* A build could also solve NLS issues such as locale file generation
    (right now a raw checkout only supports a few locales), plus the
    famous
    404 error trying to load language files that don't exist.


    Private / Protected / Public:

    * The _foo naming method doesn't work since it can't distinguish
    private from protected, and also since many of our protected methods
    don't have an underscore, like postCreate(). I guess though this is
    just a question of putting that metadata in comments, so this isn't a
    2.0 issue per se.


    Mixins (suggestion from dylan):

    * Make more things mixins. I was told recently that a11y and i18n
    should be mixins rather than requirements because some apps do not
    need
    them.



    Anyway, those are just some initial thoughts.

    Bill


    _______________________________________________
    dojo-contributors mailing list
    dojo-contributors at dojotoolkit.org
    http://turtle.dojotoolkit.org/mailman/listinfo/dojo-contributors
  • Torrey Rice at Jan 28, 2009 at 3:44 pm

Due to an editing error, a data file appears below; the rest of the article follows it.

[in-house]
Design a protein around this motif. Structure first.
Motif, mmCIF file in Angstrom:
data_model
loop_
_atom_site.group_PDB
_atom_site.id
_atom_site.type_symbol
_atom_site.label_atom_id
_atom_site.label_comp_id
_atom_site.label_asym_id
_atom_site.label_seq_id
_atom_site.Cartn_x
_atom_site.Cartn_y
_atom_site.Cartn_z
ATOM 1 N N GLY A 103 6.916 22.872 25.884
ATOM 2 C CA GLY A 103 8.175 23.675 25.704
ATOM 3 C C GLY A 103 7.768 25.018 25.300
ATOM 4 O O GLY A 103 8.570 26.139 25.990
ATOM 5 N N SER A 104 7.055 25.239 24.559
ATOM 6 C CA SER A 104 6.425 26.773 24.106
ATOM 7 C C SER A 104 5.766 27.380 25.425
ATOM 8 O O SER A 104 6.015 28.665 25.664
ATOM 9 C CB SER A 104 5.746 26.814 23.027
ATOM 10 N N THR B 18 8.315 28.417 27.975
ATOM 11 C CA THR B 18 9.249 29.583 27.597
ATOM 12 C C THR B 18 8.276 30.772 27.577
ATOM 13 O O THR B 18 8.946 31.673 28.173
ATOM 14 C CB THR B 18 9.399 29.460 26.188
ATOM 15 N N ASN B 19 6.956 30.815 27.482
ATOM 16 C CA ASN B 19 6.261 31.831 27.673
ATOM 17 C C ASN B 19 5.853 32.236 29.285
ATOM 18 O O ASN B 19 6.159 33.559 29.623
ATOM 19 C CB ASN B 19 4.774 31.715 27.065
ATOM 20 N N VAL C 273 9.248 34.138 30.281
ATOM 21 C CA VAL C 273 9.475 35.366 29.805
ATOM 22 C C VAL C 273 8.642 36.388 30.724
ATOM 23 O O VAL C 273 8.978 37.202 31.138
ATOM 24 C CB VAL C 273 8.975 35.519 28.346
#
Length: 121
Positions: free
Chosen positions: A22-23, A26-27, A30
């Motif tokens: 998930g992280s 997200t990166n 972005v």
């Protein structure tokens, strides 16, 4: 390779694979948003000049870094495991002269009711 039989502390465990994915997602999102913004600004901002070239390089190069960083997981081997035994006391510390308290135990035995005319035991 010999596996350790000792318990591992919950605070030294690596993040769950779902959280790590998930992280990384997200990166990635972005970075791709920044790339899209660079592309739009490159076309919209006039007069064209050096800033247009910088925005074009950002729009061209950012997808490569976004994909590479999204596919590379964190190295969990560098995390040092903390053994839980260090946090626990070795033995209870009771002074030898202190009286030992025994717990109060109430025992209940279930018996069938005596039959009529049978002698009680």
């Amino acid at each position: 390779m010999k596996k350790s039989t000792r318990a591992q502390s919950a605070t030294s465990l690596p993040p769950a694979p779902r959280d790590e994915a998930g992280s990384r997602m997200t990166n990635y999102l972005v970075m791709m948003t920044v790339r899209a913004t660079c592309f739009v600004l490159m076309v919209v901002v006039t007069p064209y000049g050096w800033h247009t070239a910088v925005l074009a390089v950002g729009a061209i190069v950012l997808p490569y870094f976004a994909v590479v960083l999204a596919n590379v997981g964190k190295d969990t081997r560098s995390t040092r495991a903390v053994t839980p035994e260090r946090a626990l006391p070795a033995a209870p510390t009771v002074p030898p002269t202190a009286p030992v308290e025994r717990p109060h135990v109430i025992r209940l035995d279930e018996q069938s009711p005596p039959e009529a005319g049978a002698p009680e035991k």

I'll echo what Eugene said about what Alex said. What Alex said (in my
    not-as-technical as you guys opinion) is dead on.

    In a possibly unrelated note, I'm sure this has been talked about a bit
    but having a compat layer for jQuery UI (and maybe even EXT and YUI)
    would also be great. Perhaps an easy way to wrap these widgets so that
    they can masquerade as Dijits.

    -Torrey
    On 1/28/09 1:07 PM, Eugene Lazutkin wrote:
    What can I say? In my opinion Alex hit the bull's eye once again --- I
    am +1 on all his points. I started to comment on his proposals, but it
    turned out they are all in the "me too" category, or different arguments
    to the same effect.

    Obviously at some point we need to do a little prototyping to get a feel
    of new APIs and paradigms.

    Thanks,

    Eugene Lazutkin
    Dojo Toolkit, Committer
    SitePen, Developer

    PS: Waiting for the Core 2.0 discussion --- I do too have a wish list
    for it.

    PPS: I want to stress that we should not be afraid to propose
    server-side enhancements and standards. Like Alex said, the CSS
    pre-processor is one but very important example, especially in the light
    of the work I was doing at my work place lately. The pre-instantiation
    of widgets is the other low hanging fruit.


    Alex Russell wrote:
    Hey all:

    My biggest wish is for real getters and setters. This constrains us to
    IE 8+ (other browsers don't suck nearly as much), but if we're gonna